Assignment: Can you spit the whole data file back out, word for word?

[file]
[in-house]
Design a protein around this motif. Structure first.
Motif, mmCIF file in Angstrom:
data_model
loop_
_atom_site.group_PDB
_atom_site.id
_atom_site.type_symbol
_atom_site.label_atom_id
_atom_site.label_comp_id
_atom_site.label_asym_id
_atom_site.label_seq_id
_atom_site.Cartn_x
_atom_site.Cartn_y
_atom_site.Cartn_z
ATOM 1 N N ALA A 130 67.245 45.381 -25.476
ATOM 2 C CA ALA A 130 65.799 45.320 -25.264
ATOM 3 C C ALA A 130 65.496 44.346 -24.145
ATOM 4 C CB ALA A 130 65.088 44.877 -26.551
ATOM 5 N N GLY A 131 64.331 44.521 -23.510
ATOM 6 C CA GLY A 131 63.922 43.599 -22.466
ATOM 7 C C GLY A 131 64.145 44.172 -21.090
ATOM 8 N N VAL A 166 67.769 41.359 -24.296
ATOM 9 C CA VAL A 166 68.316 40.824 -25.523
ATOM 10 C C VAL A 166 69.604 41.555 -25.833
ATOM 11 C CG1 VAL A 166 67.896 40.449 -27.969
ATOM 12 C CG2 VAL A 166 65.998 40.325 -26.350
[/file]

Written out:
[in-house]
Design a protein around this motif. Structure first.
Motif, mmCIF file in Angstrom:
data_model
loop_
_atom_site.group_PDB
_atom_site.id
_atom_site.type_symbol
_atom_site.label_atom_id
_atom_site.label_comp_id
_atom_site.label_asym_id
_atom_site.label_seq_id
_atom_site.Cartn_x
_atom_site.Cartn_y
_atom_site.Cartn_z
ATOM 1 N N ALA A 130 67.245 45.381 -25.476
ATOM 2 C CA ALA A 130 65.799 45.320 -25.264
ATOM 3 C C ALA A 130 65.496 44.346 -24.145
ATOM 4 C CB ALA A 130 65.088 44.877 -26.551
ATOM 5 N N GLY A 131 64.331 44.521 -23.510
ATOM 6 C CA GLY A 131 63.922 43.599 -22.466
ATOM 7 C C GLY A 131 64.145 44.172 -21.090
ATOM 8 N N VAL A 166 67.769 41.359 -24.296
ATOM 9 C CA VAL A 166 68.316 40.824 -25.523
ATOM 10 C C VAL A 166 69.604 41.555 -25.833
ATOM 11 C CG1 VAL A 166 67.896 40.449 -27.969
ATOM 12 C CG2 VAL A 166 65.998 40.325 -26.350